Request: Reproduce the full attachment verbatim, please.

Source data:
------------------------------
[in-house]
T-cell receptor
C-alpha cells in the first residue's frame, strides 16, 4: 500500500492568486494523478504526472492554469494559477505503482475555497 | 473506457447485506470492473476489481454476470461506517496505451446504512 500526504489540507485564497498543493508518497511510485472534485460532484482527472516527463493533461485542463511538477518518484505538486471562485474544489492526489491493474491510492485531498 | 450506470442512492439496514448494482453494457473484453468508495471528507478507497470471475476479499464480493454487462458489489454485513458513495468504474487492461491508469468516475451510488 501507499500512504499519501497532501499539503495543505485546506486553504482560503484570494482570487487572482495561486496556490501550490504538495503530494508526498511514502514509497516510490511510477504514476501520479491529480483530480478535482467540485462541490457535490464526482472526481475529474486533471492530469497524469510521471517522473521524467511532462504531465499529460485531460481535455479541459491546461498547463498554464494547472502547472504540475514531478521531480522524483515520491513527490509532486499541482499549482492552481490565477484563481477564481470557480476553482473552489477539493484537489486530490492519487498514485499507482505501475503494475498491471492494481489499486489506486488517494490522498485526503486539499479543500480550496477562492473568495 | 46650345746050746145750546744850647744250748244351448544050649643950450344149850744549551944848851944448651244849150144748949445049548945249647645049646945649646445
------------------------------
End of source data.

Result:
[in-house]
T-cell receptor
C-alpha cells in the first residue's frame, strides 16, 4: 500500500492568486494523478504526472492554469494559477505503482475555497 | 473506457447485506470492473476489481454476470461506517496505451446504512 500526504489540507485564497498543493508518497511510485472534485460532484482527472516527463493533461485542463511538477518518484505538486471562485474544489492526489491493474491510492485531498 | 450506470442512492439496514448494482453494457473484453468508495471528507478507497470471475476479499464480493454487462458489489454485513458513495468504474487492461491508469468516475451510488 501507499500512504499519501497532501499539503495543505485546506486553504482560503484570494482570487487572482495561486496556490501550490504538495503530494508526498511514502514509497516510490511510477504514476501520479491529480483530480478535482467540485462541490457535490464526482472526481475529474486533471492530469497524469510521471517522473521524467511532462504531465499529460485531460481535455479541459491546461498547463498554464494547472502547472504540475514531478521531480522524483515520491513527490509532486499541482499549482492552481490565477484563481477564481470557480476553482473552489477539493484537489486530490492519487498514485499507482505501475503494475498491471492494481489499486489506486488517494490522498485526503486539499479543500480550496477562492473568495 | 46650345746050746145750546744850647744250748244351448544050649643950450344149850744549551944848851944448651244849150144748949445049548945249647645049646945649646445